An Easter Bounty
Even in a time of crisis, The Lords Food Pantry finds a way to feed those in need.
“You are angels!”
“This is a blessing!”
“I’m laid off. My sister is laid off, and we are taking care of our father. This is a life saver.”
The heartfelt kudos continued for almost three hours on Easter Saturday, as a rosary of vehicles lined up in the Camp United Methodist Church parking lot in Shallotte. Drivers representing 80 local families expressed their gratitude for the platoon of volunteers who packed their car-trunks with donated food and personal hygiene items at The Lord’s Food Pantry, a ministry of the South Brunswick Interchurch Council (SBIC).
The event routinely takes place weekly, but in a time of great worldwide illness and death due to the coronavirus, the group was forced to think outside the box and institute a drive-thru distribution over the past couple of weeks. “This is to keep both the clients and the volunteers as safe and virus-free as possible,” Food Pantry Coordinator Mary Pritchard said.
If changing the entire indoor system wasn’t challenging enough, the pantry faced additional concerns this past weekend. Not only did one of the big local churches shut down its food pantry for safety reasons, another church that normally sends volunteers to The Lords Food Pantry decided it, too, could not do so under the present circumstances. Pritchard envisioned serving a much bigger audience at “Camp,” and with fewer workers to get it done.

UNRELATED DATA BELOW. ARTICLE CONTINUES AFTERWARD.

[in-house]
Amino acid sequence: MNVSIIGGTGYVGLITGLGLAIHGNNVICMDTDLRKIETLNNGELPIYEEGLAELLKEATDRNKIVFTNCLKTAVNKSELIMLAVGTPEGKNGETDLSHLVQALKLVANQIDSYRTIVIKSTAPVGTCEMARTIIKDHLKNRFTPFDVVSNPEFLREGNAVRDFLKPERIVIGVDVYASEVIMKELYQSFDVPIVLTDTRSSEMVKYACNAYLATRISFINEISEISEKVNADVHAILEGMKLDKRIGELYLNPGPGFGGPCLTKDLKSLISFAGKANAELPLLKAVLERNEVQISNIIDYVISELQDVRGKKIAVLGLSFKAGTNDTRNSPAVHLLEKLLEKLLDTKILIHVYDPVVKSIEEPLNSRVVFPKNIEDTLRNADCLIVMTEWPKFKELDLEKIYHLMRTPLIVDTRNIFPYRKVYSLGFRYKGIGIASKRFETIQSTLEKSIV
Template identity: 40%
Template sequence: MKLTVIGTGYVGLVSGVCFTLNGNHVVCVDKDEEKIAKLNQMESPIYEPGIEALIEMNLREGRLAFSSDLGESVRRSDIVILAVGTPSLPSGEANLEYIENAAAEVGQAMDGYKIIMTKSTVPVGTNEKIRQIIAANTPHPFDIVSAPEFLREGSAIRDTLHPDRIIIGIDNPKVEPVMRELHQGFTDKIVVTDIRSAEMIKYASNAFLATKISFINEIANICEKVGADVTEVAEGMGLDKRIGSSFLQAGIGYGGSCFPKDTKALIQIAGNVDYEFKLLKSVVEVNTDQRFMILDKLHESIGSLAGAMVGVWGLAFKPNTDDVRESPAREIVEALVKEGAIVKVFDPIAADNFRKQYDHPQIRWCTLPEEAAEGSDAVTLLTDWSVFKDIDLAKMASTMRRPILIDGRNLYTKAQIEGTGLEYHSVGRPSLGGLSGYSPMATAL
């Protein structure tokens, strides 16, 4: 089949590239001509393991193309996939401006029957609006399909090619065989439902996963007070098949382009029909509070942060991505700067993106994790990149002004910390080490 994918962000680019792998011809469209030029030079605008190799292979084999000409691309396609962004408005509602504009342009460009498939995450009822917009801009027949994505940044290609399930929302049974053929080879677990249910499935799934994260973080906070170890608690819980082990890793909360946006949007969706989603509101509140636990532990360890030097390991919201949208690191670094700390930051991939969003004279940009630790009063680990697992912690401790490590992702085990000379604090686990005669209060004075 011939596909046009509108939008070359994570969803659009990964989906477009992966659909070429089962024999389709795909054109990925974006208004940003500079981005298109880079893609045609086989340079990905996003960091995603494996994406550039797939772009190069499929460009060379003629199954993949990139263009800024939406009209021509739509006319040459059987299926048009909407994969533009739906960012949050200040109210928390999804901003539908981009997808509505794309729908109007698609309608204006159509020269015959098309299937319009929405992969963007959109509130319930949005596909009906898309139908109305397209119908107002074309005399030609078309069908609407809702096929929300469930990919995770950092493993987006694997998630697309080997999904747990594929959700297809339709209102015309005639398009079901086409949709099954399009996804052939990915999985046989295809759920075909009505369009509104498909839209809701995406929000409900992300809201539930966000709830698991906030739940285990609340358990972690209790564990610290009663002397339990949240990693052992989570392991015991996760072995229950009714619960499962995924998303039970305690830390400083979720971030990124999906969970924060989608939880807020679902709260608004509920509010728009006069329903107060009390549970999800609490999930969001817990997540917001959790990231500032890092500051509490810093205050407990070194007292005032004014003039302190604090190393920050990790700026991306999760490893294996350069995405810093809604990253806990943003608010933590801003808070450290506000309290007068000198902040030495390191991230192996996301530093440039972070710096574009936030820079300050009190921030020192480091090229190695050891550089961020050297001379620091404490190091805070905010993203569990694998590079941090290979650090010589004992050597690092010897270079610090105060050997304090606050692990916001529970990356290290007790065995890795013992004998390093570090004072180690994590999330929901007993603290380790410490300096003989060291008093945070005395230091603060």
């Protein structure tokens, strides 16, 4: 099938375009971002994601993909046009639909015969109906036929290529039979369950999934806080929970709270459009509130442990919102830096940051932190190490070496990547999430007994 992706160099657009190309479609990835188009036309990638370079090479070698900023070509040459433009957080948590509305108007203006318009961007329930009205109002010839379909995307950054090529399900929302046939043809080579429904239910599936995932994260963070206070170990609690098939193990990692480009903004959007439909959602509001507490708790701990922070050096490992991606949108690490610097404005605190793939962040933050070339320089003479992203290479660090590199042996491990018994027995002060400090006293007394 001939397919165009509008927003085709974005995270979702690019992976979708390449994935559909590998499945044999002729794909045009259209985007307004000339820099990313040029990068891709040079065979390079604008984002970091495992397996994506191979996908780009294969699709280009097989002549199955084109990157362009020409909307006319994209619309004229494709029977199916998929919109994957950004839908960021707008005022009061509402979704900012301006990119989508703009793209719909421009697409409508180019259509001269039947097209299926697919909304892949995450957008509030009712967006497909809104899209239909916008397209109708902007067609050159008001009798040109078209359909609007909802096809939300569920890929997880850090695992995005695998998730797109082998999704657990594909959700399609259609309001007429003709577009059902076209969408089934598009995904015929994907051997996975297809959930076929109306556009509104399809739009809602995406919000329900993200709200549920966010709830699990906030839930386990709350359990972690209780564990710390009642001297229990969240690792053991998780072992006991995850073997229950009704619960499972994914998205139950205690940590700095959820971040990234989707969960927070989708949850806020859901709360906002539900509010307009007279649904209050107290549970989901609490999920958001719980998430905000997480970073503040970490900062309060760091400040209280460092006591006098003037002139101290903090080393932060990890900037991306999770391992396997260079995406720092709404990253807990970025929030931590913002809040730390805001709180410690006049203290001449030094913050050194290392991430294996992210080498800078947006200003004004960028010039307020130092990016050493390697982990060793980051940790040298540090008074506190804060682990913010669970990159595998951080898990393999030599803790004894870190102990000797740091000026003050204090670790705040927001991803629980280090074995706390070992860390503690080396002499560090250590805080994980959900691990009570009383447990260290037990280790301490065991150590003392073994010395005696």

She was right about the former. The average number of families served is 63, representing 240 family members. On Easter Saturday, 331 people received help. Pritchard signaled an 11th-hour call to action netting a whopping 17 helpers from St. Brendan the Navigator Catholic Church, Shallotte Presbyterian, New Beginnings Community Church and the Shallotte Elks Club. The Elks additionally threw in a financial gift, enabling every family to receive a special Easter Breakfast Bag along with the usual three-day supply of emergency groceries.
Not a single volunteer interviewed expressed reservations about coming. Donned with gloves and masks, and staying at least 6 feet apart, they served 25 percent more families and 61 percent more people than Easter weekend 2019. SBIC President Mike Claxton was there, immersed in a sea of brimming grocery bags. “This is a labor of love we do every Saturday,” Claxton said. “There’s a growing number of unemployed in the county due to COVID-19. We just want to do what we can to help people get by.”
Sharon Wilson of New Beginnings Church volunteered as well. “I’m blessed to have everything I need, and I am here to help people who don’t,” Wilson said.
“For the least of these,” added Deborah Claxton of Shallotte Presbyterian, quoting scripture.
“To do God’s service,” Bobbie Beckley of St. Brendan’s chimed in.
In a time of great crisis, and on the most holy weekend in Christianity – the Resurrection of Jesus Christ – the faithful came together to give their community’s brothers and sisters a lift.
“Thank you guys for working,” a disabled war veteran said from his rolled-down car window.
“It’s so kind of these people to be out doing this for us – during this sad time – and during an Easter holiday,” a heart-touched recipient proclaimed as she heads home with her daily bread.
“I’ve known many of these people for years and consider them friends. I will not let them down,” Pritchard vowed.
Can you help?
Members of the community who would like to volunteer on a periodic basis can call Pritchard at (910) 579-4684.